Butterfly joint

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Butterfly joint

A Dovetail key , Dutchman Joint, or Butterfly joint is a type of joint used either to hold two or more wooden boards together or to keep two halves of a board that have already started to split from splitting further. They may also be used to stabilize the core of a knothole, preventing it from dropping out over time. They are also commonly used as decorative inlays for non structural aesthetic purposes. [1]

A Dovetail Key resembles two dovetails connected at the narrow part. A negative of the hole is cut out of the board the butterfly will be placed in and the butterfly is then fitted, keeping the joint together. The wood used for the butterfly is usually a contrasting wood, often walnut.

History[edit]

Dovetail keys or Butterfly joints have been used both in decorative and structural joints since ancient times. They were prominently used in construction of the Cairo Dahshur Boats. A type of Khufu ship from the Egyptian middle kingdom. [2] [3] They were also historically used in repairing cracks in dutch tabletops in the 18th century. This is where the term Dutchman joint originates. The dovetail key was installed across the crack to stabilize and inhibit further movement of the crack.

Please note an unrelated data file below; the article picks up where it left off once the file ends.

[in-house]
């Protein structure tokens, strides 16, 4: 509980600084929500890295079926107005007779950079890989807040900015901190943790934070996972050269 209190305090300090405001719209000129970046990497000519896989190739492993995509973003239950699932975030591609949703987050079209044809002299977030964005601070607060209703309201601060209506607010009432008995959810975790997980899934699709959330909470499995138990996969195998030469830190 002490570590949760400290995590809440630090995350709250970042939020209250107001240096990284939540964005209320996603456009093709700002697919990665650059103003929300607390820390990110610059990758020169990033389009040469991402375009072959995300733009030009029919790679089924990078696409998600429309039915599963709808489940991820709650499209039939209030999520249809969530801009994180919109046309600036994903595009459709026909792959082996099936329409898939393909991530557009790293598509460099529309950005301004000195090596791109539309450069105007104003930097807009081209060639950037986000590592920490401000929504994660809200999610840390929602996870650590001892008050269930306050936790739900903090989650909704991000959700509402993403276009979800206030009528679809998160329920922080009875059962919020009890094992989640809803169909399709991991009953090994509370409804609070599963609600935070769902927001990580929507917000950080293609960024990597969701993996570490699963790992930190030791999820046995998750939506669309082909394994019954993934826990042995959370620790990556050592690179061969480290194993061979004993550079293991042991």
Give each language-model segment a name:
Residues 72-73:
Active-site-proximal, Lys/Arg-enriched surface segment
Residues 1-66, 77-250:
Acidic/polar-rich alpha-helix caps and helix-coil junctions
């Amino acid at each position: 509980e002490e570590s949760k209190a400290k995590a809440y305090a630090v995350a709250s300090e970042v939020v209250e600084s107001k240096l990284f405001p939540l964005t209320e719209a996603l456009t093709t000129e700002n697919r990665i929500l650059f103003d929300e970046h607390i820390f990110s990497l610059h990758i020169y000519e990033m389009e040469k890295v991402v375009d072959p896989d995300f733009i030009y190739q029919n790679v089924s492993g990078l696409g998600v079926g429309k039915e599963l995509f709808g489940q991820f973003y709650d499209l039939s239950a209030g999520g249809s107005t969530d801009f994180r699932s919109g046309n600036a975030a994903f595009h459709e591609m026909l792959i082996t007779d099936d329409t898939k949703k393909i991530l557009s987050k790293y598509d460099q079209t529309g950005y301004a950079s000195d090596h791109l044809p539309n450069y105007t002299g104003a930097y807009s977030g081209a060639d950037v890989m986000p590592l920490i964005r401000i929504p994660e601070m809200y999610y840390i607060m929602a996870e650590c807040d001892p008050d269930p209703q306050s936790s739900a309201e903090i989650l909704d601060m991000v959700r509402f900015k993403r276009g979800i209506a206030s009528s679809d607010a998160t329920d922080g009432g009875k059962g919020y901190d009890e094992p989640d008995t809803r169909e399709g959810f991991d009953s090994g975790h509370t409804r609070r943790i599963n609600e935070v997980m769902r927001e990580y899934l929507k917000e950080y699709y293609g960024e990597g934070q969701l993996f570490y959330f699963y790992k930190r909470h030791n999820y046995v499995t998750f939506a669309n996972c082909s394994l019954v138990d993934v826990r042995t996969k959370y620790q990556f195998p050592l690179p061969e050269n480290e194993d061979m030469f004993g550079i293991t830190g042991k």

Modern use[edit]

Contemporary decorative dovetail keys are commonly seen in and associated with the work of George Nakashima.[4]

Notes[edit]

  1. ^ https://www.canadianwoodworking.com/tipstechniques/butterfly-key
  2. ^ Pearce Paul Creasman. "The Cairo Dahshur Boats." TAMU, 2005. http://repository.tamu.edu/bitstream/handle/1969.1/4852/etd-tamu-2005C-ANTH-Creasman.pdf?sequence=10
  3. ^ Creasman, Pearce Paul (April 18, 2007). "Dovetails or Lashings: A Case Study in Middle Kingdom Ship Construction (The Cairo Dahshur Boats)". The 58th Annual Meeting of the American Research Center in Egypt: 4. Retrieved 25 December 2012. 
  4. ^ Hargreaves, Andrea. "George Nakashima." Woodworkers Institute, 2008. http://www.woodworkersinstitute.com/page.asp?p=624

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